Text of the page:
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Re: Linked Data Platform ISSUE-20: What is the base URI of a POSTed document?

From: Henry Story <henry.story@bblfish.net>
Date: Thu, 11 Oct 2012 13:56:25 +0200
Cc: public-ldp-wg <public-ldp-wg@w3.org>, "public-philoweb@w3.org" <public-philoweb@w3.org>
Message-Id: <D0DD2EC2-16B1-4A8A-8F02-85B8AE2C8CD9@bblfish.net>
To: Andy Seaborne <andy.seaborne@epimorphics.com>
Just ccing this to the philoweb group, because there is a bit of interesting
talk of indexicals here, which appears in the philosophy of language. The thread 
started here:


On 11 Oct 2012, at 11:06, Andy Seaborne <andy.seaborne@epimorphics.com> wrote:

> On 10/10/12 18:05, Henry Story wrote:
>> On 10 Oct 2012, at 17:03, Andy Seaborne <andy.seaborne@epimorphics.com> wrote:
>>> This does have a real consequence to implementation:
>>> A design that
>>> 1/ receive POST -- some general receipt handling
>>> 2/ content-type: parse body as RDF
>>> 3/ Decide it's a container
>>> 4/ dispatch request to container
>>> 5/ Create new BPR
>>> trying to create an abstraction of "incoming RDF", does not work because the parsing happens before the operation is known to be a container with specific action of creating the new BPR.
>> There are a few answers to that:
>>  A. you simply don't parse the RDF and just serialise it to disk into
>>   the file name created around 3 in your design. Doing that everything will
>>   work just right, because the relative URLs will automatically turn into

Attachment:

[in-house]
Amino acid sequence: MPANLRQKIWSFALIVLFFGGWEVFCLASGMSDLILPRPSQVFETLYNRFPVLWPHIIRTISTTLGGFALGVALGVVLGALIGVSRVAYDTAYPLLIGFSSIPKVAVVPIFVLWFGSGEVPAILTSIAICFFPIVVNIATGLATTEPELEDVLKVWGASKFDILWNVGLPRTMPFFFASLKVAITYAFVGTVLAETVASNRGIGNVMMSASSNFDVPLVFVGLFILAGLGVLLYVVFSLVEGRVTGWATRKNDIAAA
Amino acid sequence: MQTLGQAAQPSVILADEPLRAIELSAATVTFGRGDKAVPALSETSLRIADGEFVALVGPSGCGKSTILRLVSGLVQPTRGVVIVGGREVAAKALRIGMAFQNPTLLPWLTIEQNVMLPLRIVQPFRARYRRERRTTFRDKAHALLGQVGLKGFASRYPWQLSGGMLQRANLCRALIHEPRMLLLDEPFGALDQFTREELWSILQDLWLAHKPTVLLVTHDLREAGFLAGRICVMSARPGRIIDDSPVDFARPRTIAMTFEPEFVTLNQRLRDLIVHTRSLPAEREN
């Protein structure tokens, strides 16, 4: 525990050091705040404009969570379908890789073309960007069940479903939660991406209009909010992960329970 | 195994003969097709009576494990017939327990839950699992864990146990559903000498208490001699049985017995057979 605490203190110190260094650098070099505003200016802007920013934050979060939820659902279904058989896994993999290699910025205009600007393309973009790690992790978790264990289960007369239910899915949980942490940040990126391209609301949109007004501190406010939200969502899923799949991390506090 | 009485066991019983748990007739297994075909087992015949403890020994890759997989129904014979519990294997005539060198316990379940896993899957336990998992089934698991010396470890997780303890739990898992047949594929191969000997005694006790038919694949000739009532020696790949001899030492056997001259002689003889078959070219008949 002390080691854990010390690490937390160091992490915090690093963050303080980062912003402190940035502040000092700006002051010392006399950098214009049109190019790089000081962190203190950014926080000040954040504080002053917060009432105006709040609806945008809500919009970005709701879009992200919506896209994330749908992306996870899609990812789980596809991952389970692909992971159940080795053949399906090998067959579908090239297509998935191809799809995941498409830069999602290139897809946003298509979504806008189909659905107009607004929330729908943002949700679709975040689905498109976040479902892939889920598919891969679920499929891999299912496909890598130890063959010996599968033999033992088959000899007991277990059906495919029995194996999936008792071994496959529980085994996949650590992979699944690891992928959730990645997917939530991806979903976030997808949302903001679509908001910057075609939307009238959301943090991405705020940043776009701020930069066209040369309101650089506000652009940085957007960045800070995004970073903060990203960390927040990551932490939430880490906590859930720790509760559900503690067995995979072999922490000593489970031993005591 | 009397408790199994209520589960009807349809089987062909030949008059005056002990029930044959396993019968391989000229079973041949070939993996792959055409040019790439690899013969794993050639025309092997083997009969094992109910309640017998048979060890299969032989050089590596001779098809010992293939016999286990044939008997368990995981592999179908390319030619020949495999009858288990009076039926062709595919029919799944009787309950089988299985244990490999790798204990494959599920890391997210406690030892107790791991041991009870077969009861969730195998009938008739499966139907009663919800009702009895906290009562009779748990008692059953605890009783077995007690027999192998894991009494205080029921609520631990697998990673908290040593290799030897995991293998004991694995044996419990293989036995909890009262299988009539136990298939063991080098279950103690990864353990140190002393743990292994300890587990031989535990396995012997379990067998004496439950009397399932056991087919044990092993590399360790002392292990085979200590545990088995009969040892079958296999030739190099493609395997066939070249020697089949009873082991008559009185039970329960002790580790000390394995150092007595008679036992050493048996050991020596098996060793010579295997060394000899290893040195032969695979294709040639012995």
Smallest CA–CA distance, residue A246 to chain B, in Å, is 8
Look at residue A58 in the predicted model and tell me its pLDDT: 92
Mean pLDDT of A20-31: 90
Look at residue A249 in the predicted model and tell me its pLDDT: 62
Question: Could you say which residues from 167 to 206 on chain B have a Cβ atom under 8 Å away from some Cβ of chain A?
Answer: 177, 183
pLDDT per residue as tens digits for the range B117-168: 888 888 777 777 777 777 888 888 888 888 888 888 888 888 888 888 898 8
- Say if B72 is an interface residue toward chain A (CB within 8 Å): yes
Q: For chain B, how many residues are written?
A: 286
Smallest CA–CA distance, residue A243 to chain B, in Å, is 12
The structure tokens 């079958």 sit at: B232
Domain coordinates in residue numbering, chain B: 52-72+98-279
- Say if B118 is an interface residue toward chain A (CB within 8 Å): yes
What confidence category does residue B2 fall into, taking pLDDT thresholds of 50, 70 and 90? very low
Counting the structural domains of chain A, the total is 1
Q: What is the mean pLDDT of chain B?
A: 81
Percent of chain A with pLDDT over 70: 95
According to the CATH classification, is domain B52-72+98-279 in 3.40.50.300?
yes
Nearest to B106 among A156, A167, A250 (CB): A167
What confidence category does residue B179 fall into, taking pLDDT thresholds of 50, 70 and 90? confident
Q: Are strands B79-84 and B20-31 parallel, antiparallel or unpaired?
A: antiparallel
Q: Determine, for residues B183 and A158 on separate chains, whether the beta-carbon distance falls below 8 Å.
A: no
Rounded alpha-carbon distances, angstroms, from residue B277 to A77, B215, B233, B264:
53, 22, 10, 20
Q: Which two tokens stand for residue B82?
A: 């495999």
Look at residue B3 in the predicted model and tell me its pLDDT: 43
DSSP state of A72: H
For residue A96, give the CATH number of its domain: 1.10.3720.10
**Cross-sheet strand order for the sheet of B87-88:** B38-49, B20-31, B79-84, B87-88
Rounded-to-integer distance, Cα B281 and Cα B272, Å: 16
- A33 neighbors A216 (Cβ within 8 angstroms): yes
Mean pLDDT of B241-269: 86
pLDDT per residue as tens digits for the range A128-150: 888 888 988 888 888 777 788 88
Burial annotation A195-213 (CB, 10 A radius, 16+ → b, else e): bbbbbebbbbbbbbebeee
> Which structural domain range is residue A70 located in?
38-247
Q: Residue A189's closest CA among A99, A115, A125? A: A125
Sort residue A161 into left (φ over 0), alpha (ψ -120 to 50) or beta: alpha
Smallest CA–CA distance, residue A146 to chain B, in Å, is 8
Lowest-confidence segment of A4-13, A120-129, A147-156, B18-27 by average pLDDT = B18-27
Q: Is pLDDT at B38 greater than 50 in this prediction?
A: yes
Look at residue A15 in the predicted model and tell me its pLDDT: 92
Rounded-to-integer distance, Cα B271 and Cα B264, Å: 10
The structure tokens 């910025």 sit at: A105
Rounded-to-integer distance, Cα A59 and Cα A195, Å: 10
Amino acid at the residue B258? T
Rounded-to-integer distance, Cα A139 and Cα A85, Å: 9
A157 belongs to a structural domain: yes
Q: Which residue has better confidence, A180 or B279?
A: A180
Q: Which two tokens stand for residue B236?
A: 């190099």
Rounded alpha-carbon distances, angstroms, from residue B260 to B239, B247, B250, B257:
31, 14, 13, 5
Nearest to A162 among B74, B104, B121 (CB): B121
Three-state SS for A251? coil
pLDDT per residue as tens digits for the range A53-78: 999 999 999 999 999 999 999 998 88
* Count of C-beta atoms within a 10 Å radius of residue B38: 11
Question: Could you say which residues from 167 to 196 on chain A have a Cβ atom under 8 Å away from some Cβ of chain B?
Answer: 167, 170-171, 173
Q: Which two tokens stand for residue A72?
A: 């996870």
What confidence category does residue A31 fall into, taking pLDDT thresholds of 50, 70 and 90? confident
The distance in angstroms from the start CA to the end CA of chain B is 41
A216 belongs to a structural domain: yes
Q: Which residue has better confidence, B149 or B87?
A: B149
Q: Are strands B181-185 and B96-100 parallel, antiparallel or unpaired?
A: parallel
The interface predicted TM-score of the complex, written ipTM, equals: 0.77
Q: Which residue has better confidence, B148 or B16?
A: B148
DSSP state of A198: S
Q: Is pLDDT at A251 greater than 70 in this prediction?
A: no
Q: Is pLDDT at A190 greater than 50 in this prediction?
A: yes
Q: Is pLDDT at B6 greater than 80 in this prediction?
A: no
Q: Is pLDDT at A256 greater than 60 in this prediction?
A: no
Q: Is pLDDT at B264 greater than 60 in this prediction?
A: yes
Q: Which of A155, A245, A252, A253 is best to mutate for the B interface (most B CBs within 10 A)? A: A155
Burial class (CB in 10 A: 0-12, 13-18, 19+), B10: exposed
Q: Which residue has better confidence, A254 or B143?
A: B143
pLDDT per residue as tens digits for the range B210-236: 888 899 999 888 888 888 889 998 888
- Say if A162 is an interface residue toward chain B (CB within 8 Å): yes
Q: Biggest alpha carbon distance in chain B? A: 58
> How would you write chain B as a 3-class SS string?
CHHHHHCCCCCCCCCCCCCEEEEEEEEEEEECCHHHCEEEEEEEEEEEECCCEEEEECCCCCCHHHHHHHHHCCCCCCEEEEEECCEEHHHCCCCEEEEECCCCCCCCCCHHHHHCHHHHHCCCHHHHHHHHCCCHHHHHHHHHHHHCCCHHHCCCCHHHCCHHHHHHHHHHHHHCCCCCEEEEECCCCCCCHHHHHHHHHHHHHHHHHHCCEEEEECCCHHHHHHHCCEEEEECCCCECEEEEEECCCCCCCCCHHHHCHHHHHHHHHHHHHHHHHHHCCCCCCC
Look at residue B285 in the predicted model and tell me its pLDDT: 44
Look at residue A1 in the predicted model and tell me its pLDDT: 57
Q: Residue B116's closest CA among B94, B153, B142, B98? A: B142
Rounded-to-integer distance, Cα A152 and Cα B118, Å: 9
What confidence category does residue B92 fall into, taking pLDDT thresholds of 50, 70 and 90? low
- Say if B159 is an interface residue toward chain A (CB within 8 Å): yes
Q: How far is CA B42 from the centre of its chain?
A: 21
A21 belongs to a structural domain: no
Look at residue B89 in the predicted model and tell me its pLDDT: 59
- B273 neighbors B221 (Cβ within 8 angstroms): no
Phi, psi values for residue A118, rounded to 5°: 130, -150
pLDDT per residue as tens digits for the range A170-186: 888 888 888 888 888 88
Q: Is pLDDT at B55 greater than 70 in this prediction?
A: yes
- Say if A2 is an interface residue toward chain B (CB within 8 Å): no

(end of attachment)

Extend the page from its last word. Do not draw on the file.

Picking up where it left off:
>>   the right URLs when fetched in the next round.
>>    (I imagine that this is exactly what MUST happen in WebDAV or Atom)
> Aside: I think this is pushing it a bit too far - RDF is a data model, Turtle a transfer syntax. 

I know that Turtle is a syntax, but the point still holds. A minimal server
could be designed that takes rdf inputs and stores them serialised as is to
disc, returns a filename for the resource as the file on disc minus the
(.ttl, .rdf,...) extension, and if requested in a different format does the
transformation then. This is already a bit more than what Atom or WebDAV offer.
What is interesting is that one can move fluidly between both of these. If what
we build can work so that it functions nicely with those protocols then we have
a win. ( certainly the stuff with referring to bnodes from an external resource
is absolutely horrendous )

An LDP server would of course want to offer more, such as: 
 - parsing so that we can immediately notify the server before accepting something 
   if what is sent is broken
 - preparing indexes to make it easier to query a graph
 - accomplishing further actions, such as data coherence management...

> The Turtle bytes aren't the data - the RDF triples (absolute URIs) are.

relative urls are the equivalent on the web to what philosophers of language
call indexicals: me, you, here, there, now, ... These words require the context
to get their full meaning. If you see a sentence such as

  "I love you" but don't know who said it to whome, you cannot really make much of
it. You cannot make any serious deductions or merge it with any other data, because
the context is required to get at the meaning. ( We can do a bit of reasoning on the
web without the context because we can skolemize the context clearly )

If we follow Dan Connoly's intuitions about HTTP's relation to speech acts,
which I illustrate in "Philosophy of the Social Web" [1], then we can see how